Page 34

TABLE 2.1  Landmark Discoveries Since the 1982 IOM  Report

Year

Discovery

Primary Investigators

1986

Potent cannabinoid agonists are developed; they are the key to discovering the receptor.

M. R. Johnson and L. S. Melvin75

     

1988

First conclusive evidence of specific   cannabinoid receptors.

A. Howlett and W. Devaneh36

1990

The cannabinoid brain receptor (CB,) is cloned, its DNA sequence is identified, and its location in the brain is determined.

L. Matsuda107 and M. Herkenham

   

et al60

1992

Anandamide is discovered—a naturally occurring substance in the brain that acts on cannabinoid receptors.

R. Mechoulam and W. Devane37

     

1993

A cannabinoid receptor is discovered outside the brain; this receptor (CB2) is related to the brain receptor but is distinct.

S. Munro112

     
     
     

1994

The first specific cannabinoid antagonist, SR 141716A, is developed.

M. Rinaldi-Carmonal32

     

1998

The first cannabinoid antagonist, SR144528, that can distinguish between CB1 and CB2 receptors discovered.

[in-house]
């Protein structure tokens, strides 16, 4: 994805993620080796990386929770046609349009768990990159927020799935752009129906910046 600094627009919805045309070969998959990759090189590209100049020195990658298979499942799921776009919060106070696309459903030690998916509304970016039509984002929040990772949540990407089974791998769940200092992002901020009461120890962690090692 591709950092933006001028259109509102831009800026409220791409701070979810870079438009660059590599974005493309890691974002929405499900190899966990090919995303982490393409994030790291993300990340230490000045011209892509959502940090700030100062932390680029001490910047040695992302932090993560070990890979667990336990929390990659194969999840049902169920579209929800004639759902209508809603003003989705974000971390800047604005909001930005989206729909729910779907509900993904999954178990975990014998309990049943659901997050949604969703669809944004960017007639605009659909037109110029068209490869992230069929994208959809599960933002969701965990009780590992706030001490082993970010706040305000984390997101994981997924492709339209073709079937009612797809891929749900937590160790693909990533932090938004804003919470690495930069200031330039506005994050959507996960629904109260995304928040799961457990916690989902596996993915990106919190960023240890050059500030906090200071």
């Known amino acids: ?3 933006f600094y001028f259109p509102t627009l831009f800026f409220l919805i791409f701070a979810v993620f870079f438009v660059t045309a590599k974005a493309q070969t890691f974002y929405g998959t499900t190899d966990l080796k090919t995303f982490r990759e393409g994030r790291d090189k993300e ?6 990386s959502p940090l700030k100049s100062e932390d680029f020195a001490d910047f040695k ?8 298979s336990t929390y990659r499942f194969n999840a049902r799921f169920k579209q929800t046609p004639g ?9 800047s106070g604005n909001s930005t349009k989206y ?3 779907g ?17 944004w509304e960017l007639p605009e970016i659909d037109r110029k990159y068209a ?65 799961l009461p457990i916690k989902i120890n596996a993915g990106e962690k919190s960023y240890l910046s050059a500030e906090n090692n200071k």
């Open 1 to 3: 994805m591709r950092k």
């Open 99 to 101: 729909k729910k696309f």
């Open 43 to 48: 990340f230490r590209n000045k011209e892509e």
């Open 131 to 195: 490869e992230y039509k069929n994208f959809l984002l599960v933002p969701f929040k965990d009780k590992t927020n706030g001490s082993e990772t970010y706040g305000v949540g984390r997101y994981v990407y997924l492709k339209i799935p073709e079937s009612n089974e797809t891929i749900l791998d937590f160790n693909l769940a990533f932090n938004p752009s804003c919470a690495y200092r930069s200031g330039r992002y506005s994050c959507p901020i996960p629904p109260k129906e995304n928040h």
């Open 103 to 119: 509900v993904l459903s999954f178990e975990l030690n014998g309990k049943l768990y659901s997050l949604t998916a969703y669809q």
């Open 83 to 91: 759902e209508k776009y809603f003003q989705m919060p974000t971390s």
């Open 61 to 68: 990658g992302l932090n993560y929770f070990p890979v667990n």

M. Rinaldi-Carmona133

     

Basic science is the wellspring for developing new medications and is particularly important for understanding a drug that has as many effects as marijuana. Even committed advocates of the medical use of marijuana do not claim that all the effects of marijuana are desirable for every medical use. But they do claim that the combination of specific effects of marijuana enhances its medical value. An understanding of those specific effects is what basic science can provide. The multiple effects of marijuana can be singled out and studied with the goals of evaluating the medical value of marijuana and cannabinoids in specific medical conditions, as well as minimizing unwanted side effects. An understanding of the basic mechanisms through which cannabinoids affect physiology permits more strategic development of new drugs and designs for clinical trials that are most likely to yield conclusive results.

Research on cannabinoid biology offers new insights into clinical use, especially given the scarcity of clinical studies that adequately evaluate the medical value of marijuana. For example, despite the scarcity of sub-



The National Academies | 500 Fifth St. N.W. | Washington, D.C. 20001
Copyright © National Academy of Sciences. All rights reserved.
Terms of Use and Privacy Statement